Snow flurries return in magical ‘White Christmas’ musical
By Chad Jones

Published: November 15, 2005

SNOW IS FALLING again in San Francisco.

Last year’s holiday hit “White Christmas” has returned with a new theater and a (mostly) new cast. But the charm remains the same.

The 1954 movie starring Bing Crosby and Rosemary Clooney had similar charm but suffered from a lousy script.

The stage version, which had its world premiere last year at the Curran Theatre, was a marked improvement thanks to some tinkering by book writers David Ives and Paul Blake, whose streamlined plot allowed Irving Berlin’s songs to shine even brighter. And the movie’s transition to the stage allowed for the inclusion of nearly a dozen other Berlin songs to flesh out the show.

If you liked “White Christmas” last year, you’ll like it again this year. The new production that opened Sunday at the Orpheum Theatre is just as bright, colorful and tuneful.

And yes, it still snows up a storm at the end.

It may be a little early for Christmas, but it’s impossible to resist the charms of this utterly delightful musical.

Director Walter Bobbie and his cadre of technicians and producers are turning “White Christmas” into a franchise this year. The Bay Area production was the first to open, and next up are new productions in Los Angeles and Boston.

If this is evidence of an assembly-line show, please bring on more assembly-line shows.

In turning “White Christmas” into a multi-market product, the guys in charge forgot to remove the heart and the appeal and the sheer joy of the enterprise.

Old-fashioned in the best sense of the word, this 21/2-hour musical bubbles with happiness from beginning to end. Berlin’s songs are the primary reason, but the snap and crackle of the production doesn’t hurt.

Bobbie’s direction is whip smart. He knows why people fell in love with musicals in the good ol’ days, and he delivers retro-good cheer without stooping to smarminess or ironic winks. Corniness, yes. Cynical barbs, no. He’s not making fun of musicals — he’s celebrating their very best people-pleasing parts.

The same is true of Randy Skinner’s dazzling choreography. The big dance numbers such as “Let Yourself Go,” “Blue Skies” and especially the tap-happy “I Love a Piano” instill such Fred-and-Ginger-meets- “42nd Street” delight that even though we’re sitting happily in the audience, we feel like we’re up there dancing with those smiling chorus people.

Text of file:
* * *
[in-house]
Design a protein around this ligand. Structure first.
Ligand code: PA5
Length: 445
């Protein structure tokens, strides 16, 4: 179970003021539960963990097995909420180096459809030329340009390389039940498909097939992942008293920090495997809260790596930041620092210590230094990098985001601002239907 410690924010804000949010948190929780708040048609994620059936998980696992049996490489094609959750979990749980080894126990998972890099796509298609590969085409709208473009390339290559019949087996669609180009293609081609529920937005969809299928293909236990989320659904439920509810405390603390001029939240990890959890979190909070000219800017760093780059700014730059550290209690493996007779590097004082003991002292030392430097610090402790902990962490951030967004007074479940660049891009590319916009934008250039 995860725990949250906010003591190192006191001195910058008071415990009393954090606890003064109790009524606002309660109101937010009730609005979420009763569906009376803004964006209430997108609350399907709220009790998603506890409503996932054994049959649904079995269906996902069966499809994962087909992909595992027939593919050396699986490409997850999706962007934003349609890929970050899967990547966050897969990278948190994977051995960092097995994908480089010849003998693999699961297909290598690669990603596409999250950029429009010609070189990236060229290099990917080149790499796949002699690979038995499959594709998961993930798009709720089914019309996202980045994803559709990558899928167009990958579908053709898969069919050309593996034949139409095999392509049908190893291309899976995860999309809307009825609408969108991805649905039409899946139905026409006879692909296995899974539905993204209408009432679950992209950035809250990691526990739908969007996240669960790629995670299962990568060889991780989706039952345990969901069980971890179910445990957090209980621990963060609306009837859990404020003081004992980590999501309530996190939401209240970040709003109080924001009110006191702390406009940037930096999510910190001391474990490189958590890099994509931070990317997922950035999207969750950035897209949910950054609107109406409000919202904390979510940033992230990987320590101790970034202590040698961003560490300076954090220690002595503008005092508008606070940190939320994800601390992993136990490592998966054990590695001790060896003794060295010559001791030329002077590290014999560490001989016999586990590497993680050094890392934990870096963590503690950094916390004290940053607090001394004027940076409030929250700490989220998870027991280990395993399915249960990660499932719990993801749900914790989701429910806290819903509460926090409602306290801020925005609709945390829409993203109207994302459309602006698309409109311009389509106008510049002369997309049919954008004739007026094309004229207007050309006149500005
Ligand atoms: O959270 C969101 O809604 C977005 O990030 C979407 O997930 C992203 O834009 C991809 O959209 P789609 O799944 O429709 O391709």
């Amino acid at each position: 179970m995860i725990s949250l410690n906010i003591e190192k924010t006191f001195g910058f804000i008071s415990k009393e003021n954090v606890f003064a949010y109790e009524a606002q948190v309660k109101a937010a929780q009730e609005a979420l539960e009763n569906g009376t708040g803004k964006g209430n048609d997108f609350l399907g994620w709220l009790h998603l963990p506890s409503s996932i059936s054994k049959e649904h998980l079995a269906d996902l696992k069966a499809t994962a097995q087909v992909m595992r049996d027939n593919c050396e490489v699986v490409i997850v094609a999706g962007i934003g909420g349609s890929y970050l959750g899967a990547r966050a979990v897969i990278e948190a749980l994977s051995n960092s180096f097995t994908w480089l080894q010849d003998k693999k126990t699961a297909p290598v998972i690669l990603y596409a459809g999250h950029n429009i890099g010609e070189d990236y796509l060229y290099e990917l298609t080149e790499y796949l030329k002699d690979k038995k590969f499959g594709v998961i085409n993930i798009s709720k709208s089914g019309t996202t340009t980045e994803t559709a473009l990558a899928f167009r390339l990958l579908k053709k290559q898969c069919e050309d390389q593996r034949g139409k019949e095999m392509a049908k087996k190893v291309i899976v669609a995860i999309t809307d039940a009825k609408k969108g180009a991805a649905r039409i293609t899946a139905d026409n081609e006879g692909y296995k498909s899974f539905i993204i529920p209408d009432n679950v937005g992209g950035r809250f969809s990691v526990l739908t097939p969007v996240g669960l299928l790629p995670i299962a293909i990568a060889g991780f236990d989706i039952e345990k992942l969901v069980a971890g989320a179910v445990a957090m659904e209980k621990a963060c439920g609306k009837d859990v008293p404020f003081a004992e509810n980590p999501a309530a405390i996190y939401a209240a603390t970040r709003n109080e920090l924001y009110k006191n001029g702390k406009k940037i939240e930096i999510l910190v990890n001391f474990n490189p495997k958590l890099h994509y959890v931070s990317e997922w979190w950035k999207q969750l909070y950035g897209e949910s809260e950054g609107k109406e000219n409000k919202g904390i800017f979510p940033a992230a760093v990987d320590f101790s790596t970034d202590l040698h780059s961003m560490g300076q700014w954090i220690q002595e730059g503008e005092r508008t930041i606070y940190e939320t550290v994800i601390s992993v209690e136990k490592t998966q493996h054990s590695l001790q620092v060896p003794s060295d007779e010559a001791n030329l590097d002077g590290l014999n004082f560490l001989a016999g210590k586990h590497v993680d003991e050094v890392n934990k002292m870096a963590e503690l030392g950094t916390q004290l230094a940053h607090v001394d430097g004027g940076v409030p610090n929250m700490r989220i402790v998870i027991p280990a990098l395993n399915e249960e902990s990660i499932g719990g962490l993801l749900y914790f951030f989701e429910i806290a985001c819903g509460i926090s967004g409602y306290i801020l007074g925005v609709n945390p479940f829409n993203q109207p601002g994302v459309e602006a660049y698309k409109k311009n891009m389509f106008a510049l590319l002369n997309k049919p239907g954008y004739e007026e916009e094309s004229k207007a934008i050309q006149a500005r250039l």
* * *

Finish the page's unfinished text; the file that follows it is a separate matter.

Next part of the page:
Last year’s starring quartet was rather uneven, but things are better this year.

Graham Rowat and Kate Baldwin as lead lovers Bob Wallace and Betty Haynes have a nice spark, which is a good thing because they’re recent real-life newlyweds.

And Mark Ledbetter and Shannon O’Bryan as dancing lovers Phil Davis and Judy Haynes are marvelous. Their star turn on “The Best Things Happen While You’re Dancing” is a show highlight.

Berkeley’s Charles Dean returns as the Vermont innkeeper and former general whose World War II division shows up on Christmas Eve to save his inn. And the marvelous Susan Mansur is back as the inn’s concierge whose Merman-like voice explodes in “Let Me Sing and I’m Happy.”

In minor comic roles, Frank Kopyc as a slow-moving New Englander and Tom Deckman as a fast-moving New York stage manager make the most of their brief stage time.

Another minor improvement comes in Act 2 with a scene involving the ballads “Love, You Didn’t Do Right By Me” and “How Deep Is the Ocean.” The awkward bumps from last year have been efficiently smoothed.

There’s a real glow surrounding “White Christmas,” and expert lighting (and snow) designer Ken Billington is only partly responsible. Every part of this production glimmers, from Anna Louizos’ snazzy sets to Carrie Robbins’ 50s-fantasy costumes to music director Ben Whiteley and his marvelous 24-piece orchestra.

In fact, the production is so slick and so lavish it feels too good to be a seasonal production; “White Christmas” seems more like a really terrific show that somehow got lost on its way to Broadway.